Biomolecular Electronics and Nanotechnology

Chandigarh, India

Biomolecular Electronics and Nanotechnology

Chandigarh, India

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Kukkar D.,Biomolecular Electronics and Nanotechnology | Kaur H.,Biomolecular Electronics and Nanotechnology | Kaur I.,Biomolecular Electronics and Nanotechnology | Singh J.,Panjab University | Bharadwaj L.M.,Biomolecular Electronics and Nanotechnology
Advanced Science Letters | Year: 2012

In this study quantum dots encapsulated polystyrene microcapsules were arrayed for multianalyte platform applications. Quantum dots were encapsulated using solvent induced annealing of hollow polystyrene particles prepared by liquid nitrogen freezing and drying under vacuum. The microcapsules were characterized by field emission scanning electron microscopy, transmission electron microscopy, dynamic light scattering, photoluminescence spectroscopy and confocal laser scanning microscopy. Average size of microcapsules was 1.8365 μm with polydispersity index of 0.562. Electron microscopic analysis revealed presence of quantum dots inside the void of individual microcapsules. Z-stacking and intensity profiling with confocal microscopy established encapsulation of quantum dots in majority of the capsules. The fluorescent capsules were covalently immobilized on succinimidyl trans-4(maleimidyl methyl)cyclohexane 1-carboxylate/thioglycolic acid treated aminated patterns created on glass substrate. These arrayed capsules have potential applications for sensing of multiple analytes. © 2012 American Scientific Publishers. All rights reserved.


Kukkar D.,Biomolecular Electronics and Nanotechnology | Kaur I.,Biomolecular Electronics and Nanotechnology | Singh J.,Panjab University | Bharadwaj L.M.,Biomolecular Electronics and Nanotechnology
World Academy of Science, Engineering and Technology | Year: 2011

Polymeric microreactors have emerged as a new generation of carriers that hold tremendous promise in the areas of cancer therapy, controlled delivery of drugs, for removal of pollutants etc. Present work reports a simple and convenient methodology for synthesis of polystyrene and poly caprolactone microreactors. An aqueous suspension of carboxylated (1μm) polystyrene latex particles was mixed with toluene solution followed by freezing with liquid nitrogen. Freezed particles were incubated at -20°C and characterized for formation of voids on the surface of polymer microspheres by Field Emission Scanning Electron Microscope. The hollow particles were then overnight incubated at 40°C with unfunctionalized quantum dots (QDs) in 5:1 ratio. QDs Encapsulated polystyrene microcapsules were characterized by fluorescence microscopy. Likewise Poly ε-caprolactone microreactors were prepared by micro-volcanic rupture of freeze dried microspheres synthesized using emulsification of polymer with aqueous Poly vinyl alcohol and freezed with liquid nitrogen. Microreactors were examined with Field Emission Scanning Electron Microscope for size and morphology. Current study is an attempt to create hollow polymer particles which can be employed for microencapsulation of nanoparticles and drug molecules.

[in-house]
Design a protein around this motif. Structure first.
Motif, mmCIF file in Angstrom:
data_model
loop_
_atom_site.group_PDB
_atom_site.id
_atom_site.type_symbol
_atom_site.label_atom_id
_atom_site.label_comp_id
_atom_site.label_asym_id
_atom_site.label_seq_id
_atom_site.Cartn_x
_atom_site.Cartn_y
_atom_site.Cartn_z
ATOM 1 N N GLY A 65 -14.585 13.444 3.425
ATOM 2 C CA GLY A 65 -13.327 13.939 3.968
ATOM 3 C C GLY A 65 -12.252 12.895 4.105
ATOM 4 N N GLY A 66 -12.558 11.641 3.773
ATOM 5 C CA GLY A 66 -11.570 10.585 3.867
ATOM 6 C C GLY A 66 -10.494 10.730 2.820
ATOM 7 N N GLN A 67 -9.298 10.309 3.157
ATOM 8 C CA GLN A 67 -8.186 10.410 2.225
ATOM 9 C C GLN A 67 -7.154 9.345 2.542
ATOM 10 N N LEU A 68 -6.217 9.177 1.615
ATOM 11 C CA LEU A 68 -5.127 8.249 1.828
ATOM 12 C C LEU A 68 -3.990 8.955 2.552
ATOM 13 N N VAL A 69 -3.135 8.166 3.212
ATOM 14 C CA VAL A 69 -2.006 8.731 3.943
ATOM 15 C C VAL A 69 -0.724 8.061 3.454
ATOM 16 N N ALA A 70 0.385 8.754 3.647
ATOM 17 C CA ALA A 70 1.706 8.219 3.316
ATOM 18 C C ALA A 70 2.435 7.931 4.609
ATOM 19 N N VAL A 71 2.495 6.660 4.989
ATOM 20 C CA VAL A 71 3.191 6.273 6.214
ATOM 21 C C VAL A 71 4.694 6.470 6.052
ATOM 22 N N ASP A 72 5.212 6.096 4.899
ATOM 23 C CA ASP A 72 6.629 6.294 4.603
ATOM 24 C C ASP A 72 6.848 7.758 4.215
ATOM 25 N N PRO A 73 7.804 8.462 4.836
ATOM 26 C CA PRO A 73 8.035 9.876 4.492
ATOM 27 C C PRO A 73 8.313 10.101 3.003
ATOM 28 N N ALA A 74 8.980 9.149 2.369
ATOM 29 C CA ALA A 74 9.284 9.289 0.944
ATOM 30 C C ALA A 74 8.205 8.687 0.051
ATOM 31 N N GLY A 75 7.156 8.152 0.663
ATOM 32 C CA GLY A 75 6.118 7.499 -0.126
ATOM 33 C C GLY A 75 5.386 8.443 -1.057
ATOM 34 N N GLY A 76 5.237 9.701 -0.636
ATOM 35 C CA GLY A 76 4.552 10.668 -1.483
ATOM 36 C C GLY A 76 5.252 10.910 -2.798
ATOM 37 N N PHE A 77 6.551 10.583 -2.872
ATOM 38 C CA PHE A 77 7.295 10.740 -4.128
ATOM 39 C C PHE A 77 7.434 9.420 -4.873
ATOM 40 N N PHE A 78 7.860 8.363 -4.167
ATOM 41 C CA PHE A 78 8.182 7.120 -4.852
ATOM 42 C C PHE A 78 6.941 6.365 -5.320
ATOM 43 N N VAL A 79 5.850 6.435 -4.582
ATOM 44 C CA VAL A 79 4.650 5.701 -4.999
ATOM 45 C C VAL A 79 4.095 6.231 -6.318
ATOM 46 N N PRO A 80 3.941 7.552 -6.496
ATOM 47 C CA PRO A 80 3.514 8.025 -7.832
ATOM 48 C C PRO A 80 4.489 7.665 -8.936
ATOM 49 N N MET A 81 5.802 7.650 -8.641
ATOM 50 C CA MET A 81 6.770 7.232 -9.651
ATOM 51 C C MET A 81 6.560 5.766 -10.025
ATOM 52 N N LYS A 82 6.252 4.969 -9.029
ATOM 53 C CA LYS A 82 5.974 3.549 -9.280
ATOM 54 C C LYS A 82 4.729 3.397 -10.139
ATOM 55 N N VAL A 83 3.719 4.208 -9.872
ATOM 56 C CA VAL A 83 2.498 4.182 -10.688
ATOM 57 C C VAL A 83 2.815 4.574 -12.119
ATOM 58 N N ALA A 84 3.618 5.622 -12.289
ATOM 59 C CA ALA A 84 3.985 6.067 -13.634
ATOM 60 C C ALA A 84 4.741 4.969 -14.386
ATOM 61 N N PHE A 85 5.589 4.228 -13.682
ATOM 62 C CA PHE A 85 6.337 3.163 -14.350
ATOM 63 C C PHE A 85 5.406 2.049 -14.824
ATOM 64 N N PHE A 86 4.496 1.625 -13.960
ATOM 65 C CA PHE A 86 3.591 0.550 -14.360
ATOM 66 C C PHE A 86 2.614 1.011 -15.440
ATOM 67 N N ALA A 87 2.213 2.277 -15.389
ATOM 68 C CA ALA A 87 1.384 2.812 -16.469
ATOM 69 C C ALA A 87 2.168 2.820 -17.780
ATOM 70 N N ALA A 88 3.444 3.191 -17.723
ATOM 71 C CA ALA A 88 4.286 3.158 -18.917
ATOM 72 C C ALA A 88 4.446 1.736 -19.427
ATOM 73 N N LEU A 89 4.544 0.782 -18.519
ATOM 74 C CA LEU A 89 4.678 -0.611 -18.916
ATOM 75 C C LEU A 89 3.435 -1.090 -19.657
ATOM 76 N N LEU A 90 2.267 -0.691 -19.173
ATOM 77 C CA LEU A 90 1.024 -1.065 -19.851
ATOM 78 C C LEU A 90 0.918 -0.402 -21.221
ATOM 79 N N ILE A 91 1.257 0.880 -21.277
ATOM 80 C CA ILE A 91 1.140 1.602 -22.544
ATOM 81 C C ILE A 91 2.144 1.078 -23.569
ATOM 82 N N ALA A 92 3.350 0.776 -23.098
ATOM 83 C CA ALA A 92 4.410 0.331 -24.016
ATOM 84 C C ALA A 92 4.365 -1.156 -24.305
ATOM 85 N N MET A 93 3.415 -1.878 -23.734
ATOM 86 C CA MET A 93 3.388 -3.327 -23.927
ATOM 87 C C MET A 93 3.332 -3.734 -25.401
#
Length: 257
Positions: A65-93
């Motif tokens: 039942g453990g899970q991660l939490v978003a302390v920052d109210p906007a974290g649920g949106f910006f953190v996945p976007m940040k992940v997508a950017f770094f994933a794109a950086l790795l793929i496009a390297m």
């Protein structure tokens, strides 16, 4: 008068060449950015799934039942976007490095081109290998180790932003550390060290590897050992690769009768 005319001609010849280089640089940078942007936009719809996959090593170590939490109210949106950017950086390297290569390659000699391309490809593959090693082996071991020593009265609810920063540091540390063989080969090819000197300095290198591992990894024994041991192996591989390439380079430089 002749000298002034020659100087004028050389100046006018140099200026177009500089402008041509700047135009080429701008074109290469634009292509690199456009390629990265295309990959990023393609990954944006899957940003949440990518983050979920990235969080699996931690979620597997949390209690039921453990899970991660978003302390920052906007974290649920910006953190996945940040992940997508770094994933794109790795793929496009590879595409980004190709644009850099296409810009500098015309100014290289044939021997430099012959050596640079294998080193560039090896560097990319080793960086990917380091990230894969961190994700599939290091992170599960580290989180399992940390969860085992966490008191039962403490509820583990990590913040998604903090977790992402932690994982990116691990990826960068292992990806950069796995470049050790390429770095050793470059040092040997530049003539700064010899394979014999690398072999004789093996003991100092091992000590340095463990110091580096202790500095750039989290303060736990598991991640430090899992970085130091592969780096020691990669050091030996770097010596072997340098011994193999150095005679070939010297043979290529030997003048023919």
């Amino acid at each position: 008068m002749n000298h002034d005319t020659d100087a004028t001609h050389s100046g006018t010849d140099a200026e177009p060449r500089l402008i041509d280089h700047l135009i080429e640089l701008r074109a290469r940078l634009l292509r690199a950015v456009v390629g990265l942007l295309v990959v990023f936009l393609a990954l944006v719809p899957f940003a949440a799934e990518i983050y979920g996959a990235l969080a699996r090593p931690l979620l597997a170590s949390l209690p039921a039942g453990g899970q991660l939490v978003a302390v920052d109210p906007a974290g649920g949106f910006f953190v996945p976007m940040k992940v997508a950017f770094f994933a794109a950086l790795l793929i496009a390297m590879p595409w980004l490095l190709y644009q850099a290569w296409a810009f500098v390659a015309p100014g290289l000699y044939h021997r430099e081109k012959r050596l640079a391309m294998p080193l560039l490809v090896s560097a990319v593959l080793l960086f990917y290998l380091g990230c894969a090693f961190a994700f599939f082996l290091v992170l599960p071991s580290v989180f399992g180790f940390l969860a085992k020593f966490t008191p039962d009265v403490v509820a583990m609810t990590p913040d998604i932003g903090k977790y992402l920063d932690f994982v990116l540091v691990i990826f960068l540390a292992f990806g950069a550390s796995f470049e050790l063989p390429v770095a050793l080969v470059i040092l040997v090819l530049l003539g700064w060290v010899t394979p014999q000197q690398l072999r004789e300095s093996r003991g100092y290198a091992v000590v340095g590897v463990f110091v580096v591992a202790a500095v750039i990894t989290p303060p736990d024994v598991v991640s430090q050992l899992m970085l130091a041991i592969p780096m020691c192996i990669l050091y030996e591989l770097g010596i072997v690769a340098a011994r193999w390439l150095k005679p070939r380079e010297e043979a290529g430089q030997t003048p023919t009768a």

Kumar S.,Biomolecular Electronics and Nanotechnology | Kaur H.,Biomolecular Electronics and Nanotechnology | Kaur I.,Biomolecular Electronics and Nanotechnology | Dharamvir K.,Panjab University | Bharadwaj L.M.,Biomolecular Electronics and Nanotechnology
Journal of Materials Science | Year: 2012

Low intensity magnetic fields (22mT) rendered by a pair of bar magnets have been used to achieve in situ precise orientation of multiwalled carbon nanotubes (MWCNTs) and their directional deposition on solid substrates. The nanotubes were imparted magnetic characteristics through Fe 3O 4 (magnetite) nanoparticles covalently attached to their surface. The side walls of nanotubes were first acid oxidized with H 2SO 4/HNO 3 (3:1 v/v) mixture and amine-functionalized magnetic nanoparticles were then interfaced to ends and side walls of the nanotubes through covalent linkages in the presence of a zero length cross linker, 1-Ethyl-3-(3-dimethylaminopropyl) carbodiimide. Fourier transformed infrared spectroscopic investigations affirmed the functionalization of nanostructures and formation of a magnetic nanohybrid. Transmission electron microscopy results revealed the attachment of nanoparticles along the side walls of MWCNTs. A flow cell was utilized to orient magnetic nanohybrid in the desired direction and also to create thin films of aligned MWCNTs. Further, directional assembly of magnetic MWCNTs at different orientation angles on solid substrates was studied by field emission scanning electron microscopy and optical microscopy. The procedure can be scaled to align CNTs on large surface areas for numerous applications, e.g., nanosensors, field emitters, and composites. © 2011 Springer Science+Business Media, LLC.

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